Birdsong is a film which, although interesting at points, also tested my patience. In some places it was agonisingly slow; in others it was quite beautiful, but as with many of these deliberately slow films it is the overall effect which leaves an impression... It is a film situated half-way between Divine grace and utter absurdity - which I suppose was the point. I was torn between giving it 2 or 3 stars
I recently signed up to write about Serra's latest (Louis XIV), so I figure it's high time I check out his earlier films. First up: Birdsong, whose many ardent admirers appreciate its empty vastnesses, its oblique piss-take on a too-told tale, and the cryptic not-quite slapstick of its cloud-addled kings, see something deeper and finer in it than I was able to make out. More muttering among the holy clowns, please.
Mindnumbingly slow. It would have worked better as a short(er) movie. The images certainly are beautiful, but a tad hollow, since there's not much context for them. What impressed me the most was the sound. The wind, the water, the rattling of dead leaves and sand, the silence. Truly remarkable. Without dialogues it would have been more solemn. The 3 Wise Kings were too whiny.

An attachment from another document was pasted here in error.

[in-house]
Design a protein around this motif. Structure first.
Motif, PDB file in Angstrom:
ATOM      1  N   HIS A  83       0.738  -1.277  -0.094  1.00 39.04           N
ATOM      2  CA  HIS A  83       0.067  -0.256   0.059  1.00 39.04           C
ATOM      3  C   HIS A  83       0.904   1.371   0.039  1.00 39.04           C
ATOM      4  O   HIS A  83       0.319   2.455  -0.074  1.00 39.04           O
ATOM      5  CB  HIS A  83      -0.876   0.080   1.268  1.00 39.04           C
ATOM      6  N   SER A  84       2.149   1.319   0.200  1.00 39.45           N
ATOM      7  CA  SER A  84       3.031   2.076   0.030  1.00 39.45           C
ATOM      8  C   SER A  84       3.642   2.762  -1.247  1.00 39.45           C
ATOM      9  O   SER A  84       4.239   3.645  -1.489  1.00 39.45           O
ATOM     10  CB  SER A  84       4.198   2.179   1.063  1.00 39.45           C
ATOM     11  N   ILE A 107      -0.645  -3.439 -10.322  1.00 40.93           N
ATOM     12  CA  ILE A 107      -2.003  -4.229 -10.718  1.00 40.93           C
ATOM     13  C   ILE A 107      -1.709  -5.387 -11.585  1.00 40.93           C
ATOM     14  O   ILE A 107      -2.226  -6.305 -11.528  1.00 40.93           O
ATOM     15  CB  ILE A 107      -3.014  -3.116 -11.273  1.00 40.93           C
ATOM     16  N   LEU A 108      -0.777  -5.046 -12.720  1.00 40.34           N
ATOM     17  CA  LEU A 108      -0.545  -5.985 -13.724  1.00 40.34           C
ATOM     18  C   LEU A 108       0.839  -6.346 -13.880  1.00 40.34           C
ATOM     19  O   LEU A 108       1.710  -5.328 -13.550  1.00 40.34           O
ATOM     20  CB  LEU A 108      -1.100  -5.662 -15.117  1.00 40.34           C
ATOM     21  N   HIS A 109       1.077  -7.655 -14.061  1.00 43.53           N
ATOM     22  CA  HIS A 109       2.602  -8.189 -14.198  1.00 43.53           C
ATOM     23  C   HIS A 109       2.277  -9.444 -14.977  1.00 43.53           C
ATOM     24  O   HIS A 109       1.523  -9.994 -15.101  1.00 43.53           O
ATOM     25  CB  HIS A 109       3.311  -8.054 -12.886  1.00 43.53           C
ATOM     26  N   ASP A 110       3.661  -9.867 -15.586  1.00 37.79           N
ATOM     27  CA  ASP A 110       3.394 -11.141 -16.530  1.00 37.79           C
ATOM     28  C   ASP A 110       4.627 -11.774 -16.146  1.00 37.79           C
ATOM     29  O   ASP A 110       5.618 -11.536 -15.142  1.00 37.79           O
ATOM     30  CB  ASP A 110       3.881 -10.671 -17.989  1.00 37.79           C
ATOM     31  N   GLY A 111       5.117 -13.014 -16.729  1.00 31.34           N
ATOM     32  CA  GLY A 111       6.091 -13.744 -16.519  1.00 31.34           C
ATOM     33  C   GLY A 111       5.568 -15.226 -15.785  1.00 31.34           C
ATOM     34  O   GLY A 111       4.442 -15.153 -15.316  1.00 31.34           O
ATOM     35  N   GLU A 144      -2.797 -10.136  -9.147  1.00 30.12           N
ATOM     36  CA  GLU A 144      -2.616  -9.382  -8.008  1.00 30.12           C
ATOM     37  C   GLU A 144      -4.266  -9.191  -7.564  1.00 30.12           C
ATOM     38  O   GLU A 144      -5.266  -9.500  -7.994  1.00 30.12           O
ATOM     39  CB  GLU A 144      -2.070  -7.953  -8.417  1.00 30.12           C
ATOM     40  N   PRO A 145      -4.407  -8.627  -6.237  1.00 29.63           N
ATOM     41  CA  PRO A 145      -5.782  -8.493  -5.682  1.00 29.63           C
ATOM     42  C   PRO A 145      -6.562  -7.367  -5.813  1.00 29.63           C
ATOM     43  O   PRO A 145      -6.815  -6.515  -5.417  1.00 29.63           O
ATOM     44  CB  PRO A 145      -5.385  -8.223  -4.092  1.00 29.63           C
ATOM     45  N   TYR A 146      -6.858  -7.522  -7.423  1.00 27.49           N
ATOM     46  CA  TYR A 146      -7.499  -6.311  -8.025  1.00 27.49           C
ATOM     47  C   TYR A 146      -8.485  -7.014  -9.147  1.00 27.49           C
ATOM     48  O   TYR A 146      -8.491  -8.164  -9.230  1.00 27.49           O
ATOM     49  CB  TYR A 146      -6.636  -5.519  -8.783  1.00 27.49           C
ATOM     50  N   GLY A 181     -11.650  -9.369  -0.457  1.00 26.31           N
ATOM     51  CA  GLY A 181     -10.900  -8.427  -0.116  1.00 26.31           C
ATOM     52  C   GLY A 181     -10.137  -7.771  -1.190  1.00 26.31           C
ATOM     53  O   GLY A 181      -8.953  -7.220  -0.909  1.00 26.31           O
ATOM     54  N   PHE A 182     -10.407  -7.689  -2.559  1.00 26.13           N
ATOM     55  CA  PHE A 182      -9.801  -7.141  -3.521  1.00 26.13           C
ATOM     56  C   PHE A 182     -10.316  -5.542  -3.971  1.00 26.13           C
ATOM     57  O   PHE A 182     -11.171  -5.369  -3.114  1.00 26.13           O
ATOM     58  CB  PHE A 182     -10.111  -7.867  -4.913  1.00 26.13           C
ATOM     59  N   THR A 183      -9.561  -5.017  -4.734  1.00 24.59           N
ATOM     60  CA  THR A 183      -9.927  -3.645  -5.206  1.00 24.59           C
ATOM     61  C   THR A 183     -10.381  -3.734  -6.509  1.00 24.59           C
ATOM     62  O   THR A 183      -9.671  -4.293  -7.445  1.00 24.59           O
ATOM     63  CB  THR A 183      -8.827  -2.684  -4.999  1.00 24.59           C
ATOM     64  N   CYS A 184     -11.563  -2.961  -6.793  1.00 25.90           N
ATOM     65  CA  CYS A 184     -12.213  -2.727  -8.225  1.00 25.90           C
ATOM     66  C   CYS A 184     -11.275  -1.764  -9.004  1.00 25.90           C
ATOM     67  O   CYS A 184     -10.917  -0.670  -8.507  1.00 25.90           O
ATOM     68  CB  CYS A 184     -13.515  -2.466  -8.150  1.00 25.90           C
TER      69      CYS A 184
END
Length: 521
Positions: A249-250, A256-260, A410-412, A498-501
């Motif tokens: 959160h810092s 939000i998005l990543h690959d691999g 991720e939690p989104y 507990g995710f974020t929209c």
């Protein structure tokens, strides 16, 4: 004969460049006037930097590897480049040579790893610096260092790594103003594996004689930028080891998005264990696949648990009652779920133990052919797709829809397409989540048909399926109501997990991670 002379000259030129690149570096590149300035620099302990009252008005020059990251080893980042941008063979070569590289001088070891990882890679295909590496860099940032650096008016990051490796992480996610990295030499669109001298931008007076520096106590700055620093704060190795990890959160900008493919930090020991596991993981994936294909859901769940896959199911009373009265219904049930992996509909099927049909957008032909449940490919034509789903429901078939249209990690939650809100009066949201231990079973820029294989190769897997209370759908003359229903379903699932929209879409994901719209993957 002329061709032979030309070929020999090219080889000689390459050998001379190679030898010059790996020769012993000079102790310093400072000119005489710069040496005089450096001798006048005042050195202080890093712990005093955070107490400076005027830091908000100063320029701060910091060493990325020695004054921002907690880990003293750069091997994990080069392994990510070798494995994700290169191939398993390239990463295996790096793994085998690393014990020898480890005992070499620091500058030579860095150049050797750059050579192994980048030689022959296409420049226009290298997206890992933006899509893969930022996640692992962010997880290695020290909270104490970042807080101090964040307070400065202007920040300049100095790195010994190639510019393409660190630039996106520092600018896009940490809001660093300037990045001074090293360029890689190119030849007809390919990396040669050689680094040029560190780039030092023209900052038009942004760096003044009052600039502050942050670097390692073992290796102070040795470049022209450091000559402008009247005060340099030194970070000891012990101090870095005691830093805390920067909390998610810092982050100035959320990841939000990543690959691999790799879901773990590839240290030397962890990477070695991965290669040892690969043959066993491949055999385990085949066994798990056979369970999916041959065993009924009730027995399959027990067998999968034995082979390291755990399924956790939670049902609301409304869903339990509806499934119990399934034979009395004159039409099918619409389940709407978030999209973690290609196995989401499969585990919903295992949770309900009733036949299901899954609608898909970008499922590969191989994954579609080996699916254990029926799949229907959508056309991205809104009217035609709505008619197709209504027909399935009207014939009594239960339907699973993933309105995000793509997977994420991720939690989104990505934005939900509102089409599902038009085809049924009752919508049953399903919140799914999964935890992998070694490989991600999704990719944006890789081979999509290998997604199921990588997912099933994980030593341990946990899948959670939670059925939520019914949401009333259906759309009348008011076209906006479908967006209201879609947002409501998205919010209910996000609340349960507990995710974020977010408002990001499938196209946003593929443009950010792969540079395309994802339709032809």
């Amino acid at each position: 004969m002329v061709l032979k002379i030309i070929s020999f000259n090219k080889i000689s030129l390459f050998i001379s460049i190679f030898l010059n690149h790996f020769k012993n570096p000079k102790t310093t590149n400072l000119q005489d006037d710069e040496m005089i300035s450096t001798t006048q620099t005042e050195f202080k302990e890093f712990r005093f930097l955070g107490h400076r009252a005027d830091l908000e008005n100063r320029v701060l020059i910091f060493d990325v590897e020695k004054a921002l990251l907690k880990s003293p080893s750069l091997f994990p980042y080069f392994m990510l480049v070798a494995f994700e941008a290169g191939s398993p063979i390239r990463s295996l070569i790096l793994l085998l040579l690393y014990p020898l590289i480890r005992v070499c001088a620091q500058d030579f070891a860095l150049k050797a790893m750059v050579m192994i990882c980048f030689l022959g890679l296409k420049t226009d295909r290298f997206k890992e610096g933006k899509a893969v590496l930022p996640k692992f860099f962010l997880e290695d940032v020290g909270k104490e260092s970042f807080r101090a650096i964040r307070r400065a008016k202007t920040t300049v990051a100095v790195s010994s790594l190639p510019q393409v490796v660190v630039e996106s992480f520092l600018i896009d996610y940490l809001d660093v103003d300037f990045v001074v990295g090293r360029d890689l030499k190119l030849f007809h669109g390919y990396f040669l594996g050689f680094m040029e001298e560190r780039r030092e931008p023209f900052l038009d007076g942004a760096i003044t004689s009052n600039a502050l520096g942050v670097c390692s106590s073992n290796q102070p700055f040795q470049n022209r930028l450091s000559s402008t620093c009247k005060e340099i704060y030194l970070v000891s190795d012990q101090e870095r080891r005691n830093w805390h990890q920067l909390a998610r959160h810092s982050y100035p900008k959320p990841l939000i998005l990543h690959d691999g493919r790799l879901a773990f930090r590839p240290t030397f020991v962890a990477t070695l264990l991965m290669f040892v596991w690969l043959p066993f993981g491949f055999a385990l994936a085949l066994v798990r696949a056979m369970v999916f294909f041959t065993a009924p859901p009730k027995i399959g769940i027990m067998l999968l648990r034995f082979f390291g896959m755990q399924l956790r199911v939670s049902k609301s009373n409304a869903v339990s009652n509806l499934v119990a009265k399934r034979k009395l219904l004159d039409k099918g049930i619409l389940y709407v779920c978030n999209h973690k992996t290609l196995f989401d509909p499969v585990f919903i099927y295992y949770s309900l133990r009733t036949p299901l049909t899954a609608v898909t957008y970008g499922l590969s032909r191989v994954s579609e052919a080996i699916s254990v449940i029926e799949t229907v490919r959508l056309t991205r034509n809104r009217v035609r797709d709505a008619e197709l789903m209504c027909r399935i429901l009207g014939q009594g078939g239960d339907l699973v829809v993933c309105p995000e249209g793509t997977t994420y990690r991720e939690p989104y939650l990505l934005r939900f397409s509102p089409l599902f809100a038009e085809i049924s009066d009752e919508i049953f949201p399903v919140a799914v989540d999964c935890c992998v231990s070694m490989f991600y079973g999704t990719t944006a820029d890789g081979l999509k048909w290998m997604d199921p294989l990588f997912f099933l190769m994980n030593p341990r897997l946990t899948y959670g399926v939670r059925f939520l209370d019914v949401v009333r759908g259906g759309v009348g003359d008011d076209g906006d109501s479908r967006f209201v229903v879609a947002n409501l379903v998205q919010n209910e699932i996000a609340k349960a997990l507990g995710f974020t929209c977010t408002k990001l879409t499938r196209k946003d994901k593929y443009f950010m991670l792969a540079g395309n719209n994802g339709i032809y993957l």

I remember the screening at TIFF'08 that became a test in audience patience. The number of walk outs became comical and took focus off the slow moving but rewarding film unfolding. Seeing the film again now one marvels at the simplicity of the familiar story and the rich b&w cinematography but can't help but wonder exactly what the point of the film may be. That was a question the director didn't shed light on.
draws a new line between myth, farce and high seriousness - immersing the viewer in what is less a search for a deity, as the elderly patriarchs' cumbersome scavenge for the divine. the palpable rediscovery of the senses is returned to the patient viewer, as it is to the three pursuers - "If you look carefully... you'll discover certain things." Friend, did you look carefully?